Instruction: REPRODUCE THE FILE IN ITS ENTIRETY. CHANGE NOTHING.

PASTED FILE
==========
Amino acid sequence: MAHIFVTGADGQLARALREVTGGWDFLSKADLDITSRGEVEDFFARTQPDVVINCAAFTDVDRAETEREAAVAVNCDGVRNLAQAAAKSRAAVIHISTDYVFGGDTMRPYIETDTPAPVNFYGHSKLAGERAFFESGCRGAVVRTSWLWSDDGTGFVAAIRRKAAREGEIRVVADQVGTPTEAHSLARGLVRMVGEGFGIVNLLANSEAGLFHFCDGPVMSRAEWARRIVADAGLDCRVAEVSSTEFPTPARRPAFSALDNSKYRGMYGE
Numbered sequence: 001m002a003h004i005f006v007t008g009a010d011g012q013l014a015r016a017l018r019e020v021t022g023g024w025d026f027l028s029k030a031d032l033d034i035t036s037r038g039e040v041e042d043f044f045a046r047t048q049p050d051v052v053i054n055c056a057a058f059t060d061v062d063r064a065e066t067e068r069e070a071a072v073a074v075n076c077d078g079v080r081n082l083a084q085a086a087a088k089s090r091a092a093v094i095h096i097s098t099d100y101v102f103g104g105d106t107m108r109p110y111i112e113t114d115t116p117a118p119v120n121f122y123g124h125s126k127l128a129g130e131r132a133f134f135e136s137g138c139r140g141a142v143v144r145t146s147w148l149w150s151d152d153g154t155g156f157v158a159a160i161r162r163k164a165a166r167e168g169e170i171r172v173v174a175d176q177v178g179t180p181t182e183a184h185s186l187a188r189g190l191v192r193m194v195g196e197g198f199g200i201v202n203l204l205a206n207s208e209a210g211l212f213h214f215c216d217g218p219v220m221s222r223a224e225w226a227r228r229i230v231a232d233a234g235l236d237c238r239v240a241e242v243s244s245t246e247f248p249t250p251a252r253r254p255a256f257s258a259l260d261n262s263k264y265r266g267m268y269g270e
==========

Amino acid sequence: MAHIFVTGADGQLARALREVTGGWDFLSKADLDITSRGEVEDFFARTQPDVVINCAAFTDVDRAETEREAAVAVNCDGVRNLAQAAAKSRAAVIHISTDYVFGGDTMRPYIETDTPAPVNFYGHSKLAGERAFFESGCRGAVVRTSWLWSDDGTGFVAAIRRKAAREGEIRVVADQVGTPTEAHSLARGLVRMVGEGFGIVNLLANSEAGLFHFCDGPVMSRAEWARRIVADAGLDCRVAEVSSTEFPTPARRPAFSALDNSKYRGMYGE
Numbered sequence: 001m002a003h004i005f006v007t008g009a010d011g012q013l014a015r016a017l018r019e020v021t022g023g024w025d026f027l028s029k030a031d032l033d034i035t036s037r038g039e040v041e042d043f044f045a046r047t048q049p050d051v052v053i054n055c056a057a058f059t060d061v062d063r064a065e066t067e068r069e070a071a072v073a074v075n076c077d078g079v080r081n082l083a084q085a086a087a088k089s090r091a092a093v094i095h096i097s098t099d100y101v102f103g104g105d106t107m108r109p110y111i112e113t114d115t116p117a118p119v120n121f122y123g124h125s126k127l128a129g130e131r132a133f134f135e136s137g138c139r140g141a142v143v144r145t146s147w148l149w150s151d152d153g154t155g156f157v158a159a160i161r162r163k164a165a166r167e168g169e170i171r172v173v174a175d176q177v178g179t180p181t182e183a184h185s186l187a188r189g190l191v192r193m194v195g196e197g198f199g200i201v202n203l204l205a206n207s208e209a210g211l212f213h214f215c216d217g218p219v220m221s222r223a224e225w226a227r228r229i230v231a232d233a234g235l236d237c238r239v240a241e242v243s244s245t246e247f248p249t250p251a252r253r254p255a256f257s258a259l260d261n262s263k264y265r266g267m268y269g270e